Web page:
“Then she said: “He needs shoes.”


“The only thing I could mutter was: “What size?”


“These days we think we will find the answer to so many questions within the pages of a book or the folds of a standardized test, but this is the reality of many children in America. I wish stories like this were on the news or touted by politicians.


“Unfortunately, acts of kindness are far too common in education and thereby deemed unnewsworthy. If these stories were aired, maybe we could actually solve some problems instead of just pointing them out.”



In today’s New York Times, Nicholas Kristof offers a list of “gifts with meaning” for Christmas giving.


He can’t avoid making a gratuitous slap at public education.


He writes:


We’re seeing painful upheavals about race on university campuses these days, but the civil rights issue in America today is our pre-K through 12th grade education system, which routinely sends the neediest kids to the worst schools. To address these roots of inequality, a group called Communities in Schools ( supports disadvantaged kids, mostly black and Latino, in elementary, middle and high schools around the country.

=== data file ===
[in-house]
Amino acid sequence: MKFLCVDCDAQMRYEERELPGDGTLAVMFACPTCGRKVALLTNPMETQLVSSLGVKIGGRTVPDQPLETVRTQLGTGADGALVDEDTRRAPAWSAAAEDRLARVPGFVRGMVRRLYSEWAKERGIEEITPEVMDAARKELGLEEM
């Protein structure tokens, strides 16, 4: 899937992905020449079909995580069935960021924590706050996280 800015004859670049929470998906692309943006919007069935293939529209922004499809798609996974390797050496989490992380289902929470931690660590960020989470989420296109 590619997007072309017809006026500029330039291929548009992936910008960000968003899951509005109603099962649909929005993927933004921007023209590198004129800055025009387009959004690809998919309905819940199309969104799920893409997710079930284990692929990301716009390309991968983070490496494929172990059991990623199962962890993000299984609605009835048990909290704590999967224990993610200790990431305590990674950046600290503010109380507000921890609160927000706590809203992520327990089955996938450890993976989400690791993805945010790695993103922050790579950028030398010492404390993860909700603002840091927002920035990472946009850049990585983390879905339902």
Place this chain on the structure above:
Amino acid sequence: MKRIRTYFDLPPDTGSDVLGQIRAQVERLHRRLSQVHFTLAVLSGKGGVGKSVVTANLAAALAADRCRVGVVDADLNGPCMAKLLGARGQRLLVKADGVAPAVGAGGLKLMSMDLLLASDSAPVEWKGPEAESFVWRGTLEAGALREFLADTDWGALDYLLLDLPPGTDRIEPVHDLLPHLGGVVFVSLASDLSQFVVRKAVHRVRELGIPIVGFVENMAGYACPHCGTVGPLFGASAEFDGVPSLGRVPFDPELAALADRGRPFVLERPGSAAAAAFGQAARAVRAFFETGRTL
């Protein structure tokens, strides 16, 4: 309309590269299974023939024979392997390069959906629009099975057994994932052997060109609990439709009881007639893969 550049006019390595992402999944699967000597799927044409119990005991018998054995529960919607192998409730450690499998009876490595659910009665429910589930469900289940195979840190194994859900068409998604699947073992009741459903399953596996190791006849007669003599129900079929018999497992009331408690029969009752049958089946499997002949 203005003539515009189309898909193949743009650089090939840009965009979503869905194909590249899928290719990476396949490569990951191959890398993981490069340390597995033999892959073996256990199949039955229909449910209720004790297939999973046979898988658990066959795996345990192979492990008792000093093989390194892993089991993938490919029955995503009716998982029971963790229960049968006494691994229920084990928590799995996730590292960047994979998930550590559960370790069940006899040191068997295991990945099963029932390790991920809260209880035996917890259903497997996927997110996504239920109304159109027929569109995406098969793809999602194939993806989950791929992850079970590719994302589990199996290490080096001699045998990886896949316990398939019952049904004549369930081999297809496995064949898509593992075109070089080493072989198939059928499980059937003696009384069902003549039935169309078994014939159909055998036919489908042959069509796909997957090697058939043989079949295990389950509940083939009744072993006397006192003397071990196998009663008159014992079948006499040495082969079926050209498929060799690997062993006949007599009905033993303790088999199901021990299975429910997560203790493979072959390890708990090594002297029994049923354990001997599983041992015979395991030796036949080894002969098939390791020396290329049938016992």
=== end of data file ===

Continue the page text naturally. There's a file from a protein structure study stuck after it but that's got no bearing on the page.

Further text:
I’m all for sending money to Communities in Schools, but it is an outright lie to say that our K-12 education system “routinely sends the neediest kids to the worst schools.” Some of our nation’s most dedicated teachers and principals are working in schools in the nation’s poorest communities. The children they serve include disproportionate numbers who have disabilities and who don’t speak English. Many live in unsafe neighborhoods, seldom get routine medical care, do not have food security or even a home. Almost all so-called “failing schools” are located in neighborhoods that are racially segregated and impoverished. Why would Kristof smear the professionals who work there in a spirit of service?


I got an email from the celebrated children’s book author Jean Marzollo, who wrote that she was outraged by Kristof’s derogatory comments about the schools:


My anger came from what I thought was a sweeping insult to the people who work in his so-called “worst schools.” When visiting schools over the years as a children’s book author, I have met many wonderful teachers, principals, and other staff members in his so-called “worst schools” that serve our “disadvantaged kids, mostly black and Latino.” The word “routinely” is a bit insulting, too, because it implies that people in charge of schools don’t care.